How to Drain a Garden Pond (Fast & Easy Methods)

Guide to Draining Koi Ponds, Goldfish Ponds, and Water Gardens

Draining your garden pond may sound like a huge hassle, but it’s actually a very simple task that can be carried out in a variety of ways. Depending on the size of your pond, and just how much water you’re looking to drain, most ponds can be emptied in under an hour if using the right equipment and technique. Whatever your pond size, this guide explains the easiest ways to drain your water with the least amount of trouble so you can get on with your day!

Before you start – Do you actually NEED to drain your pond?

Draining a pond may be necessary, but it can have a negative effect on the ecosystem.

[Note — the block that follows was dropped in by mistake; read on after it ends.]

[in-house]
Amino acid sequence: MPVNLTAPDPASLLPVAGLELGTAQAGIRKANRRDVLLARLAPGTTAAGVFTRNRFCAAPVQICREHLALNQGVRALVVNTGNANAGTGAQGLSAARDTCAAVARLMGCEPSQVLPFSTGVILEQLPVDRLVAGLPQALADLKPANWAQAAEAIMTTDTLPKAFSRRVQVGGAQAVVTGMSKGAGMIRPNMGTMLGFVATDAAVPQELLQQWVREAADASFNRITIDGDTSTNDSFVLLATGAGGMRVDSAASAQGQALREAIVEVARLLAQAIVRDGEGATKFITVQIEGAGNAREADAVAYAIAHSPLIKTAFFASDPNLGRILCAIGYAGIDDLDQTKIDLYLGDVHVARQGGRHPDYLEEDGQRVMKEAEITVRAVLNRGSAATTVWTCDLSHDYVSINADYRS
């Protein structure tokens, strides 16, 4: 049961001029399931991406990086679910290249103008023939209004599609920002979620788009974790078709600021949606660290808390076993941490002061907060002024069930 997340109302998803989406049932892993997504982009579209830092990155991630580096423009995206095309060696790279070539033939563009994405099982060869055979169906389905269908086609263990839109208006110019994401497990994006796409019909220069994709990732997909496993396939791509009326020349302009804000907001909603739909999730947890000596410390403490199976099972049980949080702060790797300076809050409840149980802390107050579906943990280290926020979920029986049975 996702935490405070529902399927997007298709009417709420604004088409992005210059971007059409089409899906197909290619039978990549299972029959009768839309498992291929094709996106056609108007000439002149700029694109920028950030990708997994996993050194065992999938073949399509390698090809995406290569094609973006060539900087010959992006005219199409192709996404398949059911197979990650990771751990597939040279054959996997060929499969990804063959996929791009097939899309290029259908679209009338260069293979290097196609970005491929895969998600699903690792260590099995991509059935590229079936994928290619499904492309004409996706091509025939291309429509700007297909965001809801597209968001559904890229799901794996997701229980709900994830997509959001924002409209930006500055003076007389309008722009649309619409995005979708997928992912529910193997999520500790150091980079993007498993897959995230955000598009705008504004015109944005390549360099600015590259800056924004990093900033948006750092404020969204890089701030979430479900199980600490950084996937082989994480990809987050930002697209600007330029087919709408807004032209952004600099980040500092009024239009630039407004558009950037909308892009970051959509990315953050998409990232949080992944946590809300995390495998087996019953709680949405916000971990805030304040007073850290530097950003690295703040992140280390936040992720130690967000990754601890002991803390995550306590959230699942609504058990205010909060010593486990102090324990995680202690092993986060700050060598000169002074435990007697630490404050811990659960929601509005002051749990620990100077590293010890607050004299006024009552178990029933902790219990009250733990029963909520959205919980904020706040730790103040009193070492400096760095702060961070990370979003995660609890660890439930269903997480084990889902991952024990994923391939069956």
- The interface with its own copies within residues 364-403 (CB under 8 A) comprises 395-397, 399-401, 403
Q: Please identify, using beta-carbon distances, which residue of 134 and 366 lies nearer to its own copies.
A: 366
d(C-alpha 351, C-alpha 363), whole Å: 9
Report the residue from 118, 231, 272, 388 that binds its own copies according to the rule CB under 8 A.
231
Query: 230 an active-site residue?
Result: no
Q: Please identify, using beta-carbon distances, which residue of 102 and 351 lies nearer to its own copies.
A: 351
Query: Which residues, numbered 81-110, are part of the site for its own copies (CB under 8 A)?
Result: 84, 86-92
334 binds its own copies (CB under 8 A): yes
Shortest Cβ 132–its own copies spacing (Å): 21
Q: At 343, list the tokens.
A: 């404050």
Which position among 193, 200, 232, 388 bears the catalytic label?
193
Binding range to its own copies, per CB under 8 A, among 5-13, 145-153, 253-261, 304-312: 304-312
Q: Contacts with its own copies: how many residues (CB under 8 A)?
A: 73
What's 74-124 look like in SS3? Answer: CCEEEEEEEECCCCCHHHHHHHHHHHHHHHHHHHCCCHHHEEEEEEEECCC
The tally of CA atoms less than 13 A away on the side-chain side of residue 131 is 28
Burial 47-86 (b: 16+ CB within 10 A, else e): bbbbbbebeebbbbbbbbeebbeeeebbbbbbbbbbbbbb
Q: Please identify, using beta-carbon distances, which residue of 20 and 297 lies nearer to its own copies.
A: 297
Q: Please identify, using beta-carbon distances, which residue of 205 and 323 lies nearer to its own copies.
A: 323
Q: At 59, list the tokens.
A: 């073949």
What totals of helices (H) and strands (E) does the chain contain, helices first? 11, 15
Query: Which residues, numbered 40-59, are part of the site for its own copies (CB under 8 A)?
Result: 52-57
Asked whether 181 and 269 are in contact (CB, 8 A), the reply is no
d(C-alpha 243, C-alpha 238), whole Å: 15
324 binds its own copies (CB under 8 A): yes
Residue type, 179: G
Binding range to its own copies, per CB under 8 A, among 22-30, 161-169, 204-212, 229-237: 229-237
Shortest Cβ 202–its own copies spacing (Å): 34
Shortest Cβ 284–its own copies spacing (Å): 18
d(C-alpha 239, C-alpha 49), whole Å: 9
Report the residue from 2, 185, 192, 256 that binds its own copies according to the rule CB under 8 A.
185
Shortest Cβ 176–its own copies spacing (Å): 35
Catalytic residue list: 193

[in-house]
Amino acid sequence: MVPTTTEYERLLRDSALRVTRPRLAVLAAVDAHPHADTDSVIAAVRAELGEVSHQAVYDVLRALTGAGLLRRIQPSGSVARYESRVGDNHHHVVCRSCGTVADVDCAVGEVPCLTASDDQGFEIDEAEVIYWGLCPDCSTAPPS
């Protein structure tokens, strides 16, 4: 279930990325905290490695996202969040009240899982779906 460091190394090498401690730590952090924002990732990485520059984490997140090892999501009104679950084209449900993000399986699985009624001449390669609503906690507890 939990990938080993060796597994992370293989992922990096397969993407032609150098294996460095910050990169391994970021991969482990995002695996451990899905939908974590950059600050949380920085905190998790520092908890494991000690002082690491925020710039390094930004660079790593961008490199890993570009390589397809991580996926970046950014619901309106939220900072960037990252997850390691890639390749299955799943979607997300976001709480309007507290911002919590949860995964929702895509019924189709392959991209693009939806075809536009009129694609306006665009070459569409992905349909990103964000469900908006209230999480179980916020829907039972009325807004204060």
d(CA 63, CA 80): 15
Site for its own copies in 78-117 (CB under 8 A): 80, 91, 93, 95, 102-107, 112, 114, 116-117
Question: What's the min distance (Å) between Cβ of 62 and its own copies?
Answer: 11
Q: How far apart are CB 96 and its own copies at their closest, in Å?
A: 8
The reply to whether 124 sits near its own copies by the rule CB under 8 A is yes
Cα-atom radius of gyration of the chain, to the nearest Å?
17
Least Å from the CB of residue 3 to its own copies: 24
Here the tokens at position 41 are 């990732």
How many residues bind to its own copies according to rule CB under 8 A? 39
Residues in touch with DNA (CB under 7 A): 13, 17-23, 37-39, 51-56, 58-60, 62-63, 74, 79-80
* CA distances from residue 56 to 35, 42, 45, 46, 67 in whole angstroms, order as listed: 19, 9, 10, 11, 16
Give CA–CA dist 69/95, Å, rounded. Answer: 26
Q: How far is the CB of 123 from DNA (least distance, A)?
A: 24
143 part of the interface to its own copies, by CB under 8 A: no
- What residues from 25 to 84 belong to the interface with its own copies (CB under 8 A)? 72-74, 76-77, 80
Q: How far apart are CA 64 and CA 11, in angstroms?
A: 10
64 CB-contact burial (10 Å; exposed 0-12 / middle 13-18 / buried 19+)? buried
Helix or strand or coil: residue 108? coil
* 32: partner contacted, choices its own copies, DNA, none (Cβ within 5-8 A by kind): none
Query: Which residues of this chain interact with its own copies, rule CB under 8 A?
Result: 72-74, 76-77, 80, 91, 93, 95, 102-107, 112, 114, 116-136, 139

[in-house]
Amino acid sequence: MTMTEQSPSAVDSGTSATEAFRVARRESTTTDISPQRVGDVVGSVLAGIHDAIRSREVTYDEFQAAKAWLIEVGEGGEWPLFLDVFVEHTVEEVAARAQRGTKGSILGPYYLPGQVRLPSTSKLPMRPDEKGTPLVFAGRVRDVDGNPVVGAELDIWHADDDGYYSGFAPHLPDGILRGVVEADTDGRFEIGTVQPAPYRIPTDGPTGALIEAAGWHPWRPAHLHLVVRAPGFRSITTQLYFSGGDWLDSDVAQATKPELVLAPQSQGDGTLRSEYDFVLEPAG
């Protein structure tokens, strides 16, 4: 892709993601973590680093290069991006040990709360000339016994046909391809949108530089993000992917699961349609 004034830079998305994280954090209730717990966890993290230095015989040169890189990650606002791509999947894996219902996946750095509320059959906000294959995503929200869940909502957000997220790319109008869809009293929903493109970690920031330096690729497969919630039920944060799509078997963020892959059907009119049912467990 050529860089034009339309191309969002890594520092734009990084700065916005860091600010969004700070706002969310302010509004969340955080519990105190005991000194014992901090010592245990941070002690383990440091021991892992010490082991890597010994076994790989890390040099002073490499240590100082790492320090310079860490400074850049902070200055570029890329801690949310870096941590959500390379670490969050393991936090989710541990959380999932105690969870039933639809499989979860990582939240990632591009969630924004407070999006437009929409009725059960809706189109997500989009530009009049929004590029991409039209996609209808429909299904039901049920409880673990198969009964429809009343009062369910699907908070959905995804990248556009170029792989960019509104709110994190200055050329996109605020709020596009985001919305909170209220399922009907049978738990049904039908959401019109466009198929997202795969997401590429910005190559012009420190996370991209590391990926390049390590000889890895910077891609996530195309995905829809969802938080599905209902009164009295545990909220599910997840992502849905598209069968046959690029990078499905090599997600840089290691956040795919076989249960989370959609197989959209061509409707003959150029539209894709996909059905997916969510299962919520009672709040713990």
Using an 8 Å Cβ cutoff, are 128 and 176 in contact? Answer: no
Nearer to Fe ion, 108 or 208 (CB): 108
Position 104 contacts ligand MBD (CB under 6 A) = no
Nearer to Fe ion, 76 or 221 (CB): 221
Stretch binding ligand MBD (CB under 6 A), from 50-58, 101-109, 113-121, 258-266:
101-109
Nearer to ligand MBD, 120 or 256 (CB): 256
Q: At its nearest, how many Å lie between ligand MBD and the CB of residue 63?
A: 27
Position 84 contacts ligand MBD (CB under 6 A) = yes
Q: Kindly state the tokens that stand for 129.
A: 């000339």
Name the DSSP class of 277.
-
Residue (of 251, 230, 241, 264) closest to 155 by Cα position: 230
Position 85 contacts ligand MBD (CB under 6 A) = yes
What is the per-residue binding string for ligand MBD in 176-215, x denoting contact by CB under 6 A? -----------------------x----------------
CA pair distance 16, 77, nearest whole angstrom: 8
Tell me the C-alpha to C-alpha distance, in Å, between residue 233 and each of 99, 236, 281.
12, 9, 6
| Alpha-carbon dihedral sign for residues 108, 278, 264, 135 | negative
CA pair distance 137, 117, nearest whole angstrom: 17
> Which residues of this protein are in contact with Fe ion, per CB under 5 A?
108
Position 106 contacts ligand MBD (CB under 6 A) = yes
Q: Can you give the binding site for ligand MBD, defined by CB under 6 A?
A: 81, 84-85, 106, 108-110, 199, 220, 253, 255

Even though draining a pond is a fairly simple task, you should ask yourself if you actually need to drain your water to get the job done. If a pond is mature it will have a very complex ecosystem, packed with beneficial bacteria, micro-organisms, and all sorts of insects and plants. Draining the water will have a negative effect on this ecosystem, and it will take a long time for the pond to become established again after re-filling with mains water. If your pond has fish, this is even more important as goldfish and koi both require a healthy population of bacteria in ponds to stay safe from harmful substances, such as ammonia and nitrites.